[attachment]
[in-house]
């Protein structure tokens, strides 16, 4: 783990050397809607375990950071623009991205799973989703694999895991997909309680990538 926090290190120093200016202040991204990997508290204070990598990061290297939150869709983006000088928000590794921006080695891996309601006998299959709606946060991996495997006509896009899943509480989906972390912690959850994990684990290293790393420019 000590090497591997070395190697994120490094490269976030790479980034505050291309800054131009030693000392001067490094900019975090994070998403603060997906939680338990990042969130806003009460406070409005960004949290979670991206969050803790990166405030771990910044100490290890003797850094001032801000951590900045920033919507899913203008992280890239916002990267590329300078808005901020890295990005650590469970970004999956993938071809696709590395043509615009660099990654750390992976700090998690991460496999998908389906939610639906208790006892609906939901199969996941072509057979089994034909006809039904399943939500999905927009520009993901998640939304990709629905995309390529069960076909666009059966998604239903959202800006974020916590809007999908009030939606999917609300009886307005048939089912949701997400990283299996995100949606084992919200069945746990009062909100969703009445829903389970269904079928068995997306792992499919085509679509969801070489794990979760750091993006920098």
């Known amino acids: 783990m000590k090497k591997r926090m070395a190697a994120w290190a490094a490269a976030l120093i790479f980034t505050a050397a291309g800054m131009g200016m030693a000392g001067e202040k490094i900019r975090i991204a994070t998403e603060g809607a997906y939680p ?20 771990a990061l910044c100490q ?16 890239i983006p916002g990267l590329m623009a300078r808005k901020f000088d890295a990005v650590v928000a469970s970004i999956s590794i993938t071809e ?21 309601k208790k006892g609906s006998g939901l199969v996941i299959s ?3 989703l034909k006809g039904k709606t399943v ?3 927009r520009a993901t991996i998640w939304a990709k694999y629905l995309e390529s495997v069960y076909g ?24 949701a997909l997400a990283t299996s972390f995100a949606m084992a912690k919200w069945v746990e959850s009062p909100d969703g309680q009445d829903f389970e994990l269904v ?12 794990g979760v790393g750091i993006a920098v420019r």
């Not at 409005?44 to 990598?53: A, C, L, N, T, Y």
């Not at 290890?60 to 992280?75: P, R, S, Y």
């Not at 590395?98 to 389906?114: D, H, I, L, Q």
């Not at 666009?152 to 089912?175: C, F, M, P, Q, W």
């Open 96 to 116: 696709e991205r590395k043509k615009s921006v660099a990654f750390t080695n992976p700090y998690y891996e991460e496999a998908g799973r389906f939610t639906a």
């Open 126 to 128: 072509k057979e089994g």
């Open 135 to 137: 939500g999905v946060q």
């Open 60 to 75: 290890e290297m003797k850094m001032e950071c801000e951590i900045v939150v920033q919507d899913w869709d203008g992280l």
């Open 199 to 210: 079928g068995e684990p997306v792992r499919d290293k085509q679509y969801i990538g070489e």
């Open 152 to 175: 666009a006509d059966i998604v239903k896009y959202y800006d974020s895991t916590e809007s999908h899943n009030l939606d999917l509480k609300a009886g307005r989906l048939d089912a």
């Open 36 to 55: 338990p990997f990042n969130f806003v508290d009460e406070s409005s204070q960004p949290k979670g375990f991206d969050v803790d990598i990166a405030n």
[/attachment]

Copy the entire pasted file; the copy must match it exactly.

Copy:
[in-house]
């Protein structure tokens, strides 16, 4: 783990050397809607375990950071623009991205799973989703694999895991997909309680990538 926090290190120093200016202040991204990997508290204070990598990061290297939150869709983006000088928000590794921006080695891996309601006998299959709606946060991996495997006509896009899943509480989906972390912690959850994990684990290293790393420019 000590090497591997070395190697994120490094490269976030790479980034505050291309800054131009030693000392001067490094900019975090994070998403603060997906939680338990990042969130806003009460406070409005960004949290979670991206969050803790990166405030771990910044100490290890003797850094001032801000951590900045920033919507899913203008992280890239916002990267590329300078808005901020890295990005650590469970970004999956993938071809696709590395043509615009660099990654750390992976700090998690991460496999998908389906939610639906208790006892609906939901199969996941072509057979089994034909006809039904399943939500999905927009520009993901998640939304990709629905995309390529069960076909666009059966998604239903959202800006974020916590809007999908009030939606999917609300009886307005048939089912949701997400990283299996995100949606084992919200069945746990009062909100969703009445829903389970269904079928068995997306792992499919085509679509969801070489794990979760750091993006920098």
């Known amino acids: 783990m000590k090497k591997r926090m070395a190697a994120w290190a490094a490269a976030l120093i790479f980034t505050a050397a291309g800054m131009g200016m030693a000392g001067e202040k490094i900019r975090i991204a994070t998403e603060g809607a997906y939680p ?20 771990a990061l910044c100490q ?16 890239i983006p916002g990267l590329m623009a300078r808005k901020f000088d890295a990005v650590v928000a469970s970004i999956s590794i993938t071809e ?21 309601k208790k006892g609906s006998g939901l199969v996941i299959s ?3 989703l034909k006809g039904k709606t399943v ?3 927009r520009a993901t991996i998640w939304a990709k694999y629905l995309e390529s495997v069960y076909g ?24 949701a997909l997400a990283t299996s972390f995100a949606m084992a912690k919200w069945v746990e959850s009062p909100d969703g309680q009445d829903f389970e994990l269904v ?12 794990g979760v790393g750091i993006a920098v420019r």
């Not at 409005?44 to 990598?53: A, C, L, N, T, Y």
């Not at 290890?60 to 992280?75: P, R, S, Y």
């Not at 590395?98 to 389906?114: D, H, I, L, Q």
């Not at 666009?152 to 089912?175: C, F, M, P, Q, W």
């Open 96 to 116: 696709e991205r590395k043509k615009s921006v660099a990654f750390t080695n992976p700090y998690y891996e991460e496999a998908g799973r389906f939610t639906a």
């Open 126 to 128: 072509k057979e089994g």
């Open 135 to 137: 939500g999905v946060q």
């Open 60 to 75: 290890e290297m003797k850094m001032e950071c801000e951590i900045v939150v920033q919507d899913w869709d203008g992280l």
């Open 199 to 210: 079928g068995e684990p997306v792992r499919d290293k085509q679509y969801i990538g070489e």
């Open 152 to 175: 666009a006509d059966i998604v239903k896009y959202y800006d974020s895991t916590e809007s999908h899943n009030l939606d999917l509480k609300a009886g307005r989906l048939d089912a």
């Open 36 to 55: 338990p990997f990042n969130f806003v508290d009460e406070s409005s204070q960004p949290k979670g375990f991206d969050v803790d990598i990166a405030n």